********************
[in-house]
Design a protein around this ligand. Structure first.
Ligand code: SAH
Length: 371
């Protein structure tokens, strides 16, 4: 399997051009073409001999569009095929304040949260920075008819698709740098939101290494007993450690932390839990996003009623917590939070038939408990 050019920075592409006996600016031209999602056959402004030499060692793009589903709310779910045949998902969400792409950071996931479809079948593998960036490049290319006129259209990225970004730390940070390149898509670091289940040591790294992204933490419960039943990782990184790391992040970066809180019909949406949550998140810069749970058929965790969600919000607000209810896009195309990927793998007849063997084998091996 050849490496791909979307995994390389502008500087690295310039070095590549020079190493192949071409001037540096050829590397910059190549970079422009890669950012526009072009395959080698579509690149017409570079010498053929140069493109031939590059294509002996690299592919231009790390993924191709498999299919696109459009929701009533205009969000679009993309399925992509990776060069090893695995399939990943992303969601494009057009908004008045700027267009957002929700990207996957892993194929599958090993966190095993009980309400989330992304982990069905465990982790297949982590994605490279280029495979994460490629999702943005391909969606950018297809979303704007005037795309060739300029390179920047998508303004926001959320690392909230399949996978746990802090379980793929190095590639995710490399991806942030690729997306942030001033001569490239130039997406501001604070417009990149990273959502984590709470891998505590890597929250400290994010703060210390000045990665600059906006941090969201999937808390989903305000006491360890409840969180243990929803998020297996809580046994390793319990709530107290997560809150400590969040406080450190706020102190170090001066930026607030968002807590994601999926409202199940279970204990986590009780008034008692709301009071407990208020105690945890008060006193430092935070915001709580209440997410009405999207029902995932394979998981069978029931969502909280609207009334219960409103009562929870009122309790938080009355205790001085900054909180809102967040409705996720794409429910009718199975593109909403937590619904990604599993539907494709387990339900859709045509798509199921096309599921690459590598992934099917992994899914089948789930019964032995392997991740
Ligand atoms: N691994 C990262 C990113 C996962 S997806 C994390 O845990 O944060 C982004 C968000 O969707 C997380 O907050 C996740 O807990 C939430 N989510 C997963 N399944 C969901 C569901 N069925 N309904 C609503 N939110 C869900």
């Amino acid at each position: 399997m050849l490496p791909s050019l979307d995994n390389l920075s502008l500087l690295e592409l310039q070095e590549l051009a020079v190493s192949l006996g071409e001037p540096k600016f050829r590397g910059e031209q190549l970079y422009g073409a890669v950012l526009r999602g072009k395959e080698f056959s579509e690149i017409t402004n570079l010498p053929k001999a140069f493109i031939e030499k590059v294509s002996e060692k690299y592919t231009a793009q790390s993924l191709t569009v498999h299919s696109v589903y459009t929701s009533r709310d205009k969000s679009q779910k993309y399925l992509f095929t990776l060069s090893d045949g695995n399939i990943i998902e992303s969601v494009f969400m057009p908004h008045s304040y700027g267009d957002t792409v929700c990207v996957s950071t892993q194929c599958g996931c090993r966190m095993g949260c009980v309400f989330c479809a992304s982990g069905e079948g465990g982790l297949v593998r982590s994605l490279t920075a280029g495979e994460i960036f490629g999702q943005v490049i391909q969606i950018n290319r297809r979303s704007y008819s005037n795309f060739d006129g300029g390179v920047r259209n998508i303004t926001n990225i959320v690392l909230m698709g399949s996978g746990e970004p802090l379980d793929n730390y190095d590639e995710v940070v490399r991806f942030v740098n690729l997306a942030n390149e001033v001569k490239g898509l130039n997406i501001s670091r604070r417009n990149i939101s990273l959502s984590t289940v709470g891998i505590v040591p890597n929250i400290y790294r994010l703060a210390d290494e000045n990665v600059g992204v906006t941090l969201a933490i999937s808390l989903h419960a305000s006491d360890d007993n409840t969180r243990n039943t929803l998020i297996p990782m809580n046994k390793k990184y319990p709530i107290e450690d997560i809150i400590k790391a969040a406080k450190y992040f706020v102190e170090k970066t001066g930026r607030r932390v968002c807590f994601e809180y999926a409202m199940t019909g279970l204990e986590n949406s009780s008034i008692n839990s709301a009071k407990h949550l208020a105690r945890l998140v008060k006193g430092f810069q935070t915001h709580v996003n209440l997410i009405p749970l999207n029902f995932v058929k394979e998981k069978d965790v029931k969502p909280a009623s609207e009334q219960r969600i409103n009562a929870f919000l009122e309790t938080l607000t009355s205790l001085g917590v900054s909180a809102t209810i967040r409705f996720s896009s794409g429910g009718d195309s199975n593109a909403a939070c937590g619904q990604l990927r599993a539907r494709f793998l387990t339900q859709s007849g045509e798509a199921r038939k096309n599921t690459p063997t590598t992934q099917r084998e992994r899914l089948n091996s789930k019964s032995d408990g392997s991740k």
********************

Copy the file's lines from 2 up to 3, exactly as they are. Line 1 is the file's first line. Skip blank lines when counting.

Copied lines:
Design a protein around this ligand. Structure first.
Ligand code: SAH